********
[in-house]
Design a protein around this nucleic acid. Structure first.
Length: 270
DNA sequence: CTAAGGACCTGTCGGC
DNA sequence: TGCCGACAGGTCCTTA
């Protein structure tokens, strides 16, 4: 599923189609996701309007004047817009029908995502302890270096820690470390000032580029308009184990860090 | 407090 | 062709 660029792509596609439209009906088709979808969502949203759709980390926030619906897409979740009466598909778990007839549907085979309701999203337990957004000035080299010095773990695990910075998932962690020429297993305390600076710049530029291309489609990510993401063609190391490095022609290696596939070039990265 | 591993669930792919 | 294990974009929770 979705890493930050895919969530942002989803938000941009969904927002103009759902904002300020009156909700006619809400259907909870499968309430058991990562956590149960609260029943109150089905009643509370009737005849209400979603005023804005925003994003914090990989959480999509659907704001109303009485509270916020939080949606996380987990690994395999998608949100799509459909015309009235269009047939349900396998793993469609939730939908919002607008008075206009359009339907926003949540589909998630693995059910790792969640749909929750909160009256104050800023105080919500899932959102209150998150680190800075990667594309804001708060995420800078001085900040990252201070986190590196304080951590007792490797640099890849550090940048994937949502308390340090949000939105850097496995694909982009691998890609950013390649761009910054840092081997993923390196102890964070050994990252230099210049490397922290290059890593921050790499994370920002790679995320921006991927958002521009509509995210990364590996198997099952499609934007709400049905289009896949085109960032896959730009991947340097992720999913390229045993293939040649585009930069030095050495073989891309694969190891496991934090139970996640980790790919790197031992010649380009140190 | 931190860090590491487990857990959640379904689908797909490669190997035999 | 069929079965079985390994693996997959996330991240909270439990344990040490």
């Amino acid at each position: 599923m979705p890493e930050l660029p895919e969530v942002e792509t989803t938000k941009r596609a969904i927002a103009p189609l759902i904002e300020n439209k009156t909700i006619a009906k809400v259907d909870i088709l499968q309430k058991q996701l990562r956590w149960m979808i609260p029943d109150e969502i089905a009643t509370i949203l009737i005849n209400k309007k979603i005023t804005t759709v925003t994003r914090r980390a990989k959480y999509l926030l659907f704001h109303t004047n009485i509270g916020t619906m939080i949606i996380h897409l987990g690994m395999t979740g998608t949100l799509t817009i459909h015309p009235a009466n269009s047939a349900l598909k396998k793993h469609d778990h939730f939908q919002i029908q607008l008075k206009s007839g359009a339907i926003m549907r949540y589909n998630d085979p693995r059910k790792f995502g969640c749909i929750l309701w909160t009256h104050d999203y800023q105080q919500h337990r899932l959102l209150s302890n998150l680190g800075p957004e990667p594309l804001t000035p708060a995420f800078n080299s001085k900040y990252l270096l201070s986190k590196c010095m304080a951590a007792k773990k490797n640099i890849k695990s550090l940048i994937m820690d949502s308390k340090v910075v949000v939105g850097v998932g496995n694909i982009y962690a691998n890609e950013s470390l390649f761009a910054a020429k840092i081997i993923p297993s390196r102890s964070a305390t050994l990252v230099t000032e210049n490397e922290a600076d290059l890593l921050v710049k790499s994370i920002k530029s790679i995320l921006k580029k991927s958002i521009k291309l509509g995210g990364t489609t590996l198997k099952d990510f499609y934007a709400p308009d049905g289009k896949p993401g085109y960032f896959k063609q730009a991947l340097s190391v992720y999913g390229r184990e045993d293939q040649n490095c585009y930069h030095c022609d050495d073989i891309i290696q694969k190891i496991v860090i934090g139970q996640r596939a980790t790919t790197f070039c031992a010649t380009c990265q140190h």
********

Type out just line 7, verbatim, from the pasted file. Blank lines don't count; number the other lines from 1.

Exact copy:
């Amino acid at each position: 599923m979705p890493e930050l660029p895919e969530v942002e792509t989803t938000k941009r596609a969904i927002a103009p189609l759902i904002e300020n439209k009156t909700i006619a009906k809400v259907d909870i088709l499968q309430k058991q996701l990562r956590w149960m979808i609260p029943d109150e969502i089905a009643t509370i949203l009737i005849n209400k309007k979603i005023t804005t759709v925003t994003r914090r980390a990989k959480y999509l926030l659907f704001h109303t004047n009485i509270g916020t619906m939080i949606i996380h897409l987990g690994m395999t979740g998608t949100l799509t817009i459909h015309p009235a009466n269009s047939a349900l598909k396998k793993h469609d778990h939730f939908q919002i029908q607008l008075k206009s007839g359009a339907i926003m549907r949540y589909n998630d085979p693995r059910k790792f995502g969640c749909i929750l309701w909160t009256h104050d999203y800023q105080q919500h337990r899932l959102l209150s302890n998150l680190g800075p957004e990667p594309l804001t000035p708060a995420f800078n080299s001085k900040y990252l270096l201070s986190k590196c010095m304080a951590a007792k773990k490797n640099i890849k695990s550090l940048i994937m820690d949502s308390k340090v910075v949000v939105g850097v998932g496995n694909i982009y962690a691998n890609e950013s470390l390649f761009a910054a020429k840092i081997i993923p297993s390196r102890s964070a305390t050994l990252v230099t000032e210049n490397e922290a600076d290059l890593l921050v710049k790499s994370i920002k530029s790679i995320l921006k580029k991927s958002i521009k291309l509509g995210g990364t489609t590996l198997k099952d990510f499609y934007a709400p308009d049905g289009k896949p993401g085109y960032f896959k063609q730009a991947l340097s190391v992720y999913g390229r184990e045993d293939q040649n490095c585009y930069h030095c022609d050495d073989i891309i290696q694969k190891i496991v860090i934090g139970q996640r596939a980790t790919t790197f070039c031992a010649t380009c990265q140190h």